NHK, Yamaha use AI to bring back late Japanese singer to perform new song

[The Japan Times reports on reactions to a televised New Year’s Eve performance of a new song by an AI-based holographic simulation of a famous singer who died in 1989. The reactions raise complex questions about both the presence illusions and the ethics involved in these efforts. For more on the technology behind the simulation see a story in audioXpress (based on a press release available from Business Wire); here’s an excerpt:

“Yamaha Corporation announces that it has succeeded in reproducing the singing of the late Hibari Misora, a legendary Japanese vocalist, using its own VOCALOID:AI singing synthesis technology in technical cooperation with an NHK (Japan Broadcasting Corporation) television program [NHK Special: Bringing Hibari Misora Back with AI (title unofficially translated by Yamaha)] broadcast in Japan on September 29, serving as both the public debut and first real-world implementation of VOCALOID:AI. … By using deep learning to analyze singing characteristics such as tone and expression within recordings of singing by a predetermined vocalist in any language, VOCALOID:AI can synthesize singing which includes the unique mannerisms and nuances of that vocalist with any melodies and lyrics.”

A 4:54 minute video of the performance is available (at this writing) from NHK Plus (via Vocaloid Wiki).


NHK raises the dead for ‘Kohaku’ to mixed reviews

By Patrick St. Michel, Contributing Writer
January 10, 2020

NHK’s annual “Kohaku Uta Gassen” music bonanza thrives on spectacle. The 2019 edition didn’t fail to deliver on this front, featuring endearing moments such as J-pop singer-songwriter Misia getting dozens of other artists to wave LGBTQ pride flags on national TV.

The biggest buzz, however, came from something a tad more unusual. Enka singer Hibari Misora graced the “Kohaku” stage for the first time in decades to perform a new song. Well, technically, it wasn’t Misora herself — she died in 1989. Rather, it was a life-like hologram performing this fresh tune thanks to Yamaha’s Vocaloid: AI, a piece of technology that can replicate voices.

This wasn’t the holographic singer’s first appearance, however, having debuted on an NHK special about this digital resurrection in September. It made enough of a stir then to earn a special slot on “Kohaku.”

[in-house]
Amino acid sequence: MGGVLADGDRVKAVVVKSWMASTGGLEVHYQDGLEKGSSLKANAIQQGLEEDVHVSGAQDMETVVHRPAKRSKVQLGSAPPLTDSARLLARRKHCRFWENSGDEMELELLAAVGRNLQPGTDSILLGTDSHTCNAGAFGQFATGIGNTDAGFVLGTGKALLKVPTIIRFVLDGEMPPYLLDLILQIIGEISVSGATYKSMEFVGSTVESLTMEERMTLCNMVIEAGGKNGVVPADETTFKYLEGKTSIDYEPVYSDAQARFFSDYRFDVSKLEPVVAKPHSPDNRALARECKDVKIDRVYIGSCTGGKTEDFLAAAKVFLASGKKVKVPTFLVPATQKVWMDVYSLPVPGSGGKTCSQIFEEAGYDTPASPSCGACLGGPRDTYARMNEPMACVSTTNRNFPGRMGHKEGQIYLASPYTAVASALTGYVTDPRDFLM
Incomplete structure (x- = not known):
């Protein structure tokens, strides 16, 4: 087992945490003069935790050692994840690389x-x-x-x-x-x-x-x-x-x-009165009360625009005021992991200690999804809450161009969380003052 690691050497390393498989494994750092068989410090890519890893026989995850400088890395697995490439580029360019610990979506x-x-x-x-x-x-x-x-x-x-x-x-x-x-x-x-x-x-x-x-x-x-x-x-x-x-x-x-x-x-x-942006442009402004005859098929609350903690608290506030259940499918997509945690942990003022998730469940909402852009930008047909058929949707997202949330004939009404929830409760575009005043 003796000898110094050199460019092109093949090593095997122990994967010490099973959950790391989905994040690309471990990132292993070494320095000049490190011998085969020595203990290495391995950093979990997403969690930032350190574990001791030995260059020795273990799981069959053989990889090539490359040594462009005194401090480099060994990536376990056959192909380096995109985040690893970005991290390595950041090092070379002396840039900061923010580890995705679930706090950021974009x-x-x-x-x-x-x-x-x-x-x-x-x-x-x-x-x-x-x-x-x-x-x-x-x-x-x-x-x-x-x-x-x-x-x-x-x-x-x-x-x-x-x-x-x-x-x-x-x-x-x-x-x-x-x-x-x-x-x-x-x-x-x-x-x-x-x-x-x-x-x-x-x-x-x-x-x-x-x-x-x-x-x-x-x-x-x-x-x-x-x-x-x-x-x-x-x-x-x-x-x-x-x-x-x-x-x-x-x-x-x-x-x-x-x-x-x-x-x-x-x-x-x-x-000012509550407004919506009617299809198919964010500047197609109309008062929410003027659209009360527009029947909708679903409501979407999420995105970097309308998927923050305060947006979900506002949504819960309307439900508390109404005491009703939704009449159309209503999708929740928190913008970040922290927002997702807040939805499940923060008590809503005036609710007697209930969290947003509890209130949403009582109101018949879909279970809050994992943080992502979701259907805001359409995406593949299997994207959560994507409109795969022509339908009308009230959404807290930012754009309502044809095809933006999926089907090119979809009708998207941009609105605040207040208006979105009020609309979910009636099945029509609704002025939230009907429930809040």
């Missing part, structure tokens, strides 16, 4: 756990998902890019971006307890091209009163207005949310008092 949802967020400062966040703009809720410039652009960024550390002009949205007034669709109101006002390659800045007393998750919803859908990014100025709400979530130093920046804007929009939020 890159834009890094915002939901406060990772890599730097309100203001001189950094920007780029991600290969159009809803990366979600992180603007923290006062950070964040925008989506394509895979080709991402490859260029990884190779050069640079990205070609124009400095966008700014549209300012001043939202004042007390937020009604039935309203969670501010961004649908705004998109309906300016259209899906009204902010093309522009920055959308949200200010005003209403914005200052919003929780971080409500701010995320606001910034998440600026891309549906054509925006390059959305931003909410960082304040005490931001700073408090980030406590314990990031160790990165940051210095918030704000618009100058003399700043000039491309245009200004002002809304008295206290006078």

Misora is hardly the first dead music legend to come back via hologram. Rock group X Japan delivered one of the first really noticeable uses of the technology in 2008 with an appearance by deceased guitarist Hide at Tokyo Dome. Holograms made a global splash in 2012 when rapper Tupac Shakur appeared at the Coachella Valley Music and Arts Festival in California. Companies have since attempted to create experiences centered on digital projections of former superstars, with Base Hologram running tours starring Buddy Holly and Roy Orbison, and a Whitney Houston experience due this year.

Yet the holographic performance AI Hibari most resembles is that of Michael Jackson at the 2014 Billboard Music Awards, which aired live and caught people unfamiliar with this technology off guard. Many fans loved it as a tribute, while others felt creeped out or simply perplexed by what they were seeing.

That’s pretty much how Misora’s return to “Kohaku” went down, at least based on online reaction. Many fans were struck by how well her vocals were captured. Others, though, felt uneasy with how a holographic replica of Misora was singing a song she had no input in creating, while also giving messages to NHK’s audience that the actual Misora might not have been happy with.

Pop stars coming back to life via technology has always felt more like a gimmick than something to truly worry about — closer to cruise ship entertainment than something that will change the industry. Still, the Misora hologram does present one potential problem. Misora wasn’t invited to perform on 1973’s “Kohaku,” with many speculating it was because of a scandal involving her brother being involved in gang activity. This didn’t please the singer, who mostly brushed off NHK from then on. The 2019 performance made it seem like Misora and NHK were finally cool … which isn’t really accurate.

The worry is that these technological developments could change how people remember the actual artist based on what they say or do in the present, possibly confusing or even paving over who they were when they were alive. Hearing Misora’s voice delivered via Vocaloid is fine, but here’s hoping they don’t edit who she actually was.

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